An introduction to pulsatile tinnitus
Tinnitus is the condition when sounds are heard in one or both ears without a corresponding source for the noises heard. It is often described as a ringing sound but may also be a whine or buzz or described in other ways.
Tinnitus is most often heard as a constant sound. However, some people experience a rhythmic noise in the ears and this is known as pulsatile tinnitus. In many cases the pulses of tinnitus coincide, or seem in time with, the beating of the heart.
The cause of pulsatile tinnitus is usually easier to find and as a result, this type of tinnitus can be more easily treated.
It is important to note than some people can suffer from both normal and pulsatile tinnitus, and these may be experienced at the same time.
What causes pulsatile tinnitus?
The cause of tinnitus can be difficult to determine, but there are some conditions or factors which are known to be associated with pulsatile tinnitus. These include:
- Changes in rate of blood flow – an increase in the amount of blood flowing through your circulatory system can increase your chances of pulsatile tinnitus. This may occur during or directly after exercise, as a symptom of anaemia or an over-active thyroid. Hardening of the arteries may also disturb blood flow. Instead of blood moving smoothly around the body, flow becomes turbulent and this creates noise
- Deafness – suffering from hearing loss, particularly if it is the result of ear wax, can worsen symptoms of tinnitus. This is because external sounds no longer mask the ‘normal’ internal sounds. For example, if you stick your fingers in your ears (gently) you suddenly become very aware of any internal sounds in your ear and it is hard to block these sounds out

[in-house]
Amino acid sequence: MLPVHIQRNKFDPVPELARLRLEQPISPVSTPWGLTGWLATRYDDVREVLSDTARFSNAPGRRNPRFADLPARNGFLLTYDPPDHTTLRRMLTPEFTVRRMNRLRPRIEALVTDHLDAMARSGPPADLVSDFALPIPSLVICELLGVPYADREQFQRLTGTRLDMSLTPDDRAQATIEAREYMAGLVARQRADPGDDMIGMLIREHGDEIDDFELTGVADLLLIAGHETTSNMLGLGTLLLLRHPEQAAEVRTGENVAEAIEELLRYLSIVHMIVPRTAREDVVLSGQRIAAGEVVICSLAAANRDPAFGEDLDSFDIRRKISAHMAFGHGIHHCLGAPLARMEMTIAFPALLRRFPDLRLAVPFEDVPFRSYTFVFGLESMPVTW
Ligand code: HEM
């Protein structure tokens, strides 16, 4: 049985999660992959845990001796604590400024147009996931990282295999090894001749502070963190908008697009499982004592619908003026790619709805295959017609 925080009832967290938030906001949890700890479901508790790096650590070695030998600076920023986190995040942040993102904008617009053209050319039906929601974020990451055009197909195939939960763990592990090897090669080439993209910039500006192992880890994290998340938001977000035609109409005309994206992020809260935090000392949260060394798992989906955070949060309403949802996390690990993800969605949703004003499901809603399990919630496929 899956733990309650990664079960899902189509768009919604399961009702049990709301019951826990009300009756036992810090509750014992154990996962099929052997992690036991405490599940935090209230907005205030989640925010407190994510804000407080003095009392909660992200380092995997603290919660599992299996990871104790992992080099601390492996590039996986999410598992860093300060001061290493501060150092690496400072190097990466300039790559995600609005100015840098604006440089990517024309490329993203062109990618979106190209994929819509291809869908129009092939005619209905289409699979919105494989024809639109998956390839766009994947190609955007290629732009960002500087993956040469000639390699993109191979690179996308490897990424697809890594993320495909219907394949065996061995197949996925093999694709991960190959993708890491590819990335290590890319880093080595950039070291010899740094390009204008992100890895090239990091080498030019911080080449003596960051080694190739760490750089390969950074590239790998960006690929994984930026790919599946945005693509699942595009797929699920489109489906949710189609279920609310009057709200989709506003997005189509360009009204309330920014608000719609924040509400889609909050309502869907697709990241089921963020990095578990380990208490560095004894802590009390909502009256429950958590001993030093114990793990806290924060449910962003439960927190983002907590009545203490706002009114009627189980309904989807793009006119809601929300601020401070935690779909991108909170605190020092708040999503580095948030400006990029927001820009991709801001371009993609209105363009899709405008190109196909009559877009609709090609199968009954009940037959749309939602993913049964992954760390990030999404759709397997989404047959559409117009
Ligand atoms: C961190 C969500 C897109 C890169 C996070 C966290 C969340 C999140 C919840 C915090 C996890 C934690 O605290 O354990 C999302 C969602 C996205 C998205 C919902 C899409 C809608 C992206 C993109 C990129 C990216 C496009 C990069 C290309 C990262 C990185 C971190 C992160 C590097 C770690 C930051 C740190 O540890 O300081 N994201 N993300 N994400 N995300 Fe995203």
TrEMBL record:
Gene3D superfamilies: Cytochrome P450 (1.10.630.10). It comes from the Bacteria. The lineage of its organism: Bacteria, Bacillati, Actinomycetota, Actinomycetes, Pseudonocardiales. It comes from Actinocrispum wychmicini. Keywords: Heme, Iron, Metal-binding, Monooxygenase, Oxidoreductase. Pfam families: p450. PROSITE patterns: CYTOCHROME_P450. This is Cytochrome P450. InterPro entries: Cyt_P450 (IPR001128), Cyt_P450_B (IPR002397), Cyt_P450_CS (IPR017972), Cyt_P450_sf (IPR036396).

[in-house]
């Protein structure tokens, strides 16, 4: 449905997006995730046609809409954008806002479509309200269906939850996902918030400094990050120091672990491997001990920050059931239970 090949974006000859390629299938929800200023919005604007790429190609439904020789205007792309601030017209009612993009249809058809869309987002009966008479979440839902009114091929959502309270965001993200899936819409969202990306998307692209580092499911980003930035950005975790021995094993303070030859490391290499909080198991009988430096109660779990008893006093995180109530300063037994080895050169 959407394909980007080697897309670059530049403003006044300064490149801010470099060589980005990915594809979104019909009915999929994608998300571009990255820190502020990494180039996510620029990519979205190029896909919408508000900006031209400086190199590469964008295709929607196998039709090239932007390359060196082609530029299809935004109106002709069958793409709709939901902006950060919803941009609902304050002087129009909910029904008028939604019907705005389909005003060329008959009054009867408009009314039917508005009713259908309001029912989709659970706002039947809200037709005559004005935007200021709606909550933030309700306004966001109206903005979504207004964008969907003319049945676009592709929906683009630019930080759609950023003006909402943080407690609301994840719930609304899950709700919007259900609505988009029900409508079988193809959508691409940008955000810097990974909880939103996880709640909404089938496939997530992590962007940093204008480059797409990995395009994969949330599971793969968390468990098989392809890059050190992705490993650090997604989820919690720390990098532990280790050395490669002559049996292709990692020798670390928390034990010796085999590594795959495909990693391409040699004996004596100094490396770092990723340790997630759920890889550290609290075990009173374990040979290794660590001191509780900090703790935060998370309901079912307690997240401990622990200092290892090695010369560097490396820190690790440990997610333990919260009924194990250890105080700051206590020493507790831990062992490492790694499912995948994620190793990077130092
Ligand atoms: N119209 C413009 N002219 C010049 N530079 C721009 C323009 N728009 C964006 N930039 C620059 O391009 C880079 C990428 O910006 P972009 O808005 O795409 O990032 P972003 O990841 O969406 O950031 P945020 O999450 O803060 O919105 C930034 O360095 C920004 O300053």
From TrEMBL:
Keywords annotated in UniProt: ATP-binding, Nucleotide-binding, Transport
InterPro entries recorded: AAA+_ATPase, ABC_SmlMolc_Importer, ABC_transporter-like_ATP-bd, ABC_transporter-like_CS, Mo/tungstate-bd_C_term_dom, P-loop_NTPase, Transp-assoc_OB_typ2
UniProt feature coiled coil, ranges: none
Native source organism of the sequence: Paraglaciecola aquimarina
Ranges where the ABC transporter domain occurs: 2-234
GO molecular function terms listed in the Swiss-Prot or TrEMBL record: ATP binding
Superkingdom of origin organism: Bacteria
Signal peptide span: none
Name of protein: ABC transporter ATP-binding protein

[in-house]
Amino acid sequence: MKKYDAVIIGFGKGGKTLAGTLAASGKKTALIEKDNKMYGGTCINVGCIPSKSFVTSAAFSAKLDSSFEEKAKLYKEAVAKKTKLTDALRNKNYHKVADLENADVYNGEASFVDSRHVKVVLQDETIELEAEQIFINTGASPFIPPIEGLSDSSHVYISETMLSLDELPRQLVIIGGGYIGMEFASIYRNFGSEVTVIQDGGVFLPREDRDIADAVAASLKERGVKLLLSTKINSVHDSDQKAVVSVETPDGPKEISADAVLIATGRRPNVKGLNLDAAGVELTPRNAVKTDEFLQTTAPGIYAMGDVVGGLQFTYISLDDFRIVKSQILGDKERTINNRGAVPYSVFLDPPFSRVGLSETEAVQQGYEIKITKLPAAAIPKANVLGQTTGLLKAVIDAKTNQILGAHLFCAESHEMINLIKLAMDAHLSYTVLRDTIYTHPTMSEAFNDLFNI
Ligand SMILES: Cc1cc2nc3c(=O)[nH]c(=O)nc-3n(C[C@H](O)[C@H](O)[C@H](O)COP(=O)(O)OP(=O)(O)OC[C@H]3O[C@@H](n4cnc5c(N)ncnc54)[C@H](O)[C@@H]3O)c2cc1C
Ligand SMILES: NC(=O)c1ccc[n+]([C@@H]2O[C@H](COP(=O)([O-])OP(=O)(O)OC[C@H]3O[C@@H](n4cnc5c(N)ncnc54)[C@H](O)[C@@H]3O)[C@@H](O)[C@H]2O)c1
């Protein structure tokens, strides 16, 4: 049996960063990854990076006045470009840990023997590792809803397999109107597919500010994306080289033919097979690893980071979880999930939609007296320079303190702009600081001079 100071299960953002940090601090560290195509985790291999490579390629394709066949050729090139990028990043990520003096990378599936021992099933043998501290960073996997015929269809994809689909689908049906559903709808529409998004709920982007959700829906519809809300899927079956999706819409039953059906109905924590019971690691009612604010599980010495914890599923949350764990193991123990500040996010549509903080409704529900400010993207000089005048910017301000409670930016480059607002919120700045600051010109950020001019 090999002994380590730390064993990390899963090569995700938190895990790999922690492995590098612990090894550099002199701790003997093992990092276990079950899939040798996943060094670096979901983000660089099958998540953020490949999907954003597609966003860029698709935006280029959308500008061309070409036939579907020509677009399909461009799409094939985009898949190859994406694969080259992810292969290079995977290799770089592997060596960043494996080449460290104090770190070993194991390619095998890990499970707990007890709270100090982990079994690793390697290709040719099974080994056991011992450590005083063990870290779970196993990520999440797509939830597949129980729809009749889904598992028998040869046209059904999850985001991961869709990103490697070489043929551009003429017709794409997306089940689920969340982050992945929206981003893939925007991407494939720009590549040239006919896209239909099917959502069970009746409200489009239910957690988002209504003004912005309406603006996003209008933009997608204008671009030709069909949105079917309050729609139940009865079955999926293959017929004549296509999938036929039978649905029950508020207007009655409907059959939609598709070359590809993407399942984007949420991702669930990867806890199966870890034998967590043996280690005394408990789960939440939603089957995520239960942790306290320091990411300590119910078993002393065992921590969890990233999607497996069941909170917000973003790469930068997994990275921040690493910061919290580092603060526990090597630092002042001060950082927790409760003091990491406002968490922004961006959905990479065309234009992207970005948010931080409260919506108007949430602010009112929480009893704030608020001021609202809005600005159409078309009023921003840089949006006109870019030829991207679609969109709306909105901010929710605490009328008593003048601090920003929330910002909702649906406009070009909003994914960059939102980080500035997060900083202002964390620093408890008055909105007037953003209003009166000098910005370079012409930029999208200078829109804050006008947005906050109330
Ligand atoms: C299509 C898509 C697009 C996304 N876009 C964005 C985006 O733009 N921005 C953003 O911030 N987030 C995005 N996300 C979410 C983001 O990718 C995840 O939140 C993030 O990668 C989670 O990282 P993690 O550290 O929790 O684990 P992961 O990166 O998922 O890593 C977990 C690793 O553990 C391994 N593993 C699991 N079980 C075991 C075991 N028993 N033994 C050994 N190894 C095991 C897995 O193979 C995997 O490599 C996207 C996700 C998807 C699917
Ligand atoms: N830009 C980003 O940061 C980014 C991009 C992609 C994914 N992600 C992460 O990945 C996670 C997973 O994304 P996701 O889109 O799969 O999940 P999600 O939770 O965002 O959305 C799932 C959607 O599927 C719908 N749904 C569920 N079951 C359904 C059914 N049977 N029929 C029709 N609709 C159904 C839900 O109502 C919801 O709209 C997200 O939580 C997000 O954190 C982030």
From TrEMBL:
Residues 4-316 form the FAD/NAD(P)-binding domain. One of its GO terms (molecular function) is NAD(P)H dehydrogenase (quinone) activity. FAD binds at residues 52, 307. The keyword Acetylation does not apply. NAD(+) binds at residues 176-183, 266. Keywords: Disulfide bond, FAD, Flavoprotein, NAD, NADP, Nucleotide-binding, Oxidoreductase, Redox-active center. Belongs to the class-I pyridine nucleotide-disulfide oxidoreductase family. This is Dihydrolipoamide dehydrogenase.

- It the pulses of rhythmic tinnitus do not coincide with your heartbeat, the cause could be regular muscle contractions in the middle ear. There are a number of causes for this, including infection or inflammation in the Eustachian tube of the ear
- Lastly, there are a number of rare health conditions which can give rise to pulsatile tinnitus. An example is something called idiopathic intracranial hypertension, a condition which gives rise to increased pressure in the fluid surrounding the brain.
If the cause of pulsatile tinnitus can be identified, the underlying condition should be addressed and this should bring about the most effective and long-lasting relief. For instance, anaemia or thyroid problems are usually very treatable illnesses.
If no specific cause for the problem is found, pulsatile tinnitus should be treated in the same way as normal tinnitus and with the use of self-help techniques. For some people, the use of Ginkgo biloba to help improve the way blood flows in the arteries can be of help.